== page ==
Nerves and acceptance

It is hard to believe, but it is now almost three years since the first time I suspended. Since then I have suspended seven more times, and I have no doubt in my mind that more is to come. (Insert obvious pun about being hooked.)

The concept of body suspension is very foreign to most people, so I wrote about a few of my suspensions (Cannonball, Lotus, Crucifix, Scorpion) in the hopes of addressing he whys and hows. I also got to suspend and talk about body suspension on TV a couple of times, so I have done what I can in terms of mainstreaming in Norway… Now I live in the UK, where fewer people seem to have heard of the practice – which is why I am using English to log my latest body suspension.

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Every time I suspend, I learn something new. My first suspension taught me that A) I can do this! and B) I even enjoy this! and this opened up for a whole range of new experiences. Through body suspension I have learned to relax and let go, I have learned that I don’t have to know everything in advance, I have learned about spontaneity, I have learned about my own need for intense experiences, I have learned to trust other people on a deep level, and I have learned that I am stronger and more resilient than I thought.

I am still learning about all these things, though. Ahead of a suspension I always have to remind myself that I am (supposed to be) strong and resilient, and sometimes I have to get other people to remind me! Last Sunday I got really nervous and had to text a friend: Say something encouraging!  He responded by saying: You’re going to fly away, and the moment your feet leave the ground nothing else will matter 🙂 He was right, of course – as soon as I was pulled off the ground, I relaxed into the feeling and had a beautiful time. Afterwards I felt a bit silly for having been nervous.

I did a Crucifix Suspension – my second one, and I was planning to do something cool with my legs or at least one leg, but decided not to. My excuse was that I wanted to be able to go to jiu jitsu the next day, so the fewer scars the better … but the truth is that I was tired and felt a bit vulnerable. I simply didn’t want too suffer through too many piercings. As soon as the first hook went in, though, I realized that it wasn’t that bad, and I remembered that I actively like the sensation of the needle – that sharp, quick shock. It clears my head and gives me a rush. I still went ahead with the regular Crucifix and flew happily for 20 minutes or so.

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Everything felt great, but I grew tired quite quickly this time. I usually feel little to no pain after some time in the air – endorphins are great like that – but that doesn’t mean that the pain isn’t there. This time I could feel quite strongly that my body was in pain though my brain said otherwise. So I decided to come down before I wore myself out. Normally I like to stay up for a bit longer (except for that time when I did my Scorpion suspension), so I ended up feeling disappointed in myself. A stupid feeling, of course, but it was there nonetheless. I was happy and giddy like I always am after a suspension, but at the same time I felt like I had been weak and even a bit lazy!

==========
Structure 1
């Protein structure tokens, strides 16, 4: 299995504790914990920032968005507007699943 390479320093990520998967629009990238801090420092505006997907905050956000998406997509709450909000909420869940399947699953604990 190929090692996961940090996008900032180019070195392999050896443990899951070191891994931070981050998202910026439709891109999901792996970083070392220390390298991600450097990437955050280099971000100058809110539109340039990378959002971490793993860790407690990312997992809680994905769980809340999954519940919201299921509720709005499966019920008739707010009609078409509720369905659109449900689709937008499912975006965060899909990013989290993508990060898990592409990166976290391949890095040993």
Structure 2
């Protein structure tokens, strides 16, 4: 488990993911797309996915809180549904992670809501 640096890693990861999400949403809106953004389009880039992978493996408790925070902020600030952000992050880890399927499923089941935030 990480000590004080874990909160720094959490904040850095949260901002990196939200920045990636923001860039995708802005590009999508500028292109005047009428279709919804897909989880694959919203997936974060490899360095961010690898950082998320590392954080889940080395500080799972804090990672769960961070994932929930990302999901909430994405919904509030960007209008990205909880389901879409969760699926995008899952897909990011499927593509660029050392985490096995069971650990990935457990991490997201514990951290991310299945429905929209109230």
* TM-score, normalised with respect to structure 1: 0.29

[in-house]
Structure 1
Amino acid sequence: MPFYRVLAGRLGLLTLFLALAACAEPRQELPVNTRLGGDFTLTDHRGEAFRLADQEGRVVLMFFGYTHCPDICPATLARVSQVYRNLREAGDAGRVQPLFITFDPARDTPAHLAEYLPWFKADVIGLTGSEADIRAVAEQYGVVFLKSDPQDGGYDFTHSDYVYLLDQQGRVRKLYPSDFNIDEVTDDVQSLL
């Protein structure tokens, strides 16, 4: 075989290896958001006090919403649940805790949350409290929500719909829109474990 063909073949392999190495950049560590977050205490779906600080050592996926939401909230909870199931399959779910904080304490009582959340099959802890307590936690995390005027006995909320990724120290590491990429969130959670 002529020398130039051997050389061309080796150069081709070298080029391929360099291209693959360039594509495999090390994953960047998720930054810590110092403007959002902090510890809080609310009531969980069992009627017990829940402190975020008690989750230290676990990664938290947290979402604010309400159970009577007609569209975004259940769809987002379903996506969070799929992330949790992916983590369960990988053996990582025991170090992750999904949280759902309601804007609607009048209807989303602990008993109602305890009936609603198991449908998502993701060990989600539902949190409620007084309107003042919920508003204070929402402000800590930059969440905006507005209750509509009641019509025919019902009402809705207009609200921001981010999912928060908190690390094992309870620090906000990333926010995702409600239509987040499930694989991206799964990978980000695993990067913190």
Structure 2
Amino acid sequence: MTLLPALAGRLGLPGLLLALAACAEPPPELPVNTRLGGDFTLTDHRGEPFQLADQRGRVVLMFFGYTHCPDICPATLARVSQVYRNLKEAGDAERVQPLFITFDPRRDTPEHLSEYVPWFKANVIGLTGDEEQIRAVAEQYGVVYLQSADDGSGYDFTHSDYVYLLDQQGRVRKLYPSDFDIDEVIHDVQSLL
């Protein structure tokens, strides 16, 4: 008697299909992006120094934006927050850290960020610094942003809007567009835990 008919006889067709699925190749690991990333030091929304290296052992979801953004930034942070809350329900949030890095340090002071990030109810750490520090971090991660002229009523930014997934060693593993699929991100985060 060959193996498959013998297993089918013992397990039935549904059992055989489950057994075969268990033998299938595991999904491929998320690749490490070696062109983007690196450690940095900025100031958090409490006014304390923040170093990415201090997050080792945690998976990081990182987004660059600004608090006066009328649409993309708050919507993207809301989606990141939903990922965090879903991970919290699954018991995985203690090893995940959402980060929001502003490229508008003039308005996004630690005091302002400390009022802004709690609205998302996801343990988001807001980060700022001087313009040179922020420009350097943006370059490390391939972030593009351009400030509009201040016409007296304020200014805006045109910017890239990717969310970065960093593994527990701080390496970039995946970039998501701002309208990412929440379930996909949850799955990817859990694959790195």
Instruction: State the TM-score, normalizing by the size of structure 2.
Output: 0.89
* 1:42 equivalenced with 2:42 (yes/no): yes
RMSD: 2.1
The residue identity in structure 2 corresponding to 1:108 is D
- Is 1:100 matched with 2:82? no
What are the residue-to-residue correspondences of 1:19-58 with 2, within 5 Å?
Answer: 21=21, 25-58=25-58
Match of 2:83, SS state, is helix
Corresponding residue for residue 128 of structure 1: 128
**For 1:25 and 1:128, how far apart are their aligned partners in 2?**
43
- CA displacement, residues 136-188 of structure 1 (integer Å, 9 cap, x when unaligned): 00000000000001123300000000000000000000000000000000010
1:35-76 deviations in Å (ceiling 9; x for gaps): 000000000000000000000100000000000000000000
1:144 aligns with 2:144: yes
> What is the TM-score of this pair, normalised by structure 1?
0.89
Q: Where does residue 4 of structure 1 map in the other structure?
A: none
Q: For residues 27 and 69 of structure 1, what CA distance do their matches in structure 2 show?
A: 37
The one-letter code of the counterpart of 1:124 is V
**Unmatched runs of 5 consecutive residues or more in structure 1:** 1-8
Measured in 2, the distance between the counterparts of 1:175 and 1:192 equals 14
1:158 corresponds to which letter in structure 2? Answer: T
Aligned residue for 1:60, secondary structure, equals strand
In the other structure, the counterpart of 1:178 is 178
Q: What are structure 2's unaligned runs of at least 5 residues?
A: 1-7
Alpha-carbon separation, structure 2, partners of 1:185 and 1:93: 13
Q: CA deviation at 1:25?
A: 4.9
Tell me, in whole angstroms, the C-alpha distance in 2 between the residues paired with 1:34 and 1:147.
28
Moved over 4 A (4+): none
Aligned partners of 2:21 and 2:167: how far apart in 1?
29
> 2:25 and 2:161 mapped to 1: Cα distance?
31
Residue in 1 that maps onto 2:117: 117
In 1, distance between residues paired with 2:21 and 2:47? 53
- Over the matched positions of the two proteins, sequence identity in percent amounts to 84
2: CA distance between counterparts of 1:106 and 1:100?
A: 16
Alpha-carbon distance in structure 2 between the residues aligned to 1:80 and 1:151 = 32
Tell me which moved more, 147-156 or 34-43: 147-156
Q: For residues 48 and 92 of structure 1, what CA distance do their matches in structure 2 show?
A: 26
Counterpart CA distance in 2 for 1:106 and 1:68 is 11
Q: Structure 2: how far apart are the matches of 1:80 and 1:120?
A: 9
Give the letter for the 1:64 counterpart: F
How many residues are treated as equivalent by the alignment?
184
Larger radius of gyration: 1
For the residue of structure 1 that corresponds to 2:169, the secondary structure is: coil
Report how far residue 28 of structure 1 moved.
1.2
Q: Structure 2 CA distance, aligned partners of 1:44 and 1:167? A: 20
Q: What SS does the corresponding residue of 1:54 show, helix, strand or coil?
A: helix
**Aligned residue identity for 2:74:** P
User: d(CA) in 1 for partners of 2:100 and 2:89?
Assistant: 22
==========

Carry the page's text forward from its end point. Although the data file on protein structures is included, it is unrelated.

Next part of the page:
So – I think my primary lesson after this suspension is that I should try to see body suspension less in the light of achievement and more in the light of experience. After all, I am not trying to prove anything, I am just there to have a good time! So I have decided that I should probably try to be a bit easier on myself. I have also decided that being a bit scared is perfectly alright and even exhilarating. Of course I have always been of that opinion, but this time I was really tested. I tried to put on a semi-brave face for my friends, but the wonderful Håvve from Wings of Desire probably saw that I was a bit more nervous than usual, so he did a silly dance and made me laugh. I ended up laughing at myself as well, and I realized that being scared is OK and not dangerous.

The other day I had talk with a friend from jiu jitsu about the stages of learning or growth. He drew on a notepad and talked about «the comfort zone, the stretch zone and the panic zone», and pointed out that real growth is to be found right at the end of the stretch zone – in other words: at the threshold of the panic zone. Eventually the stretch zone extends and pushes the «panic border» further ahead. I don’t think this applies to all types of learning – panic is after all a strong word – but it certainly applies to my experience of practicing body suspension. It even applies to how I view my writing. I can’t grow if I’m comfortable.

And that is what I will think about the next time I suspend – or indeed struggle in front of my laptop.

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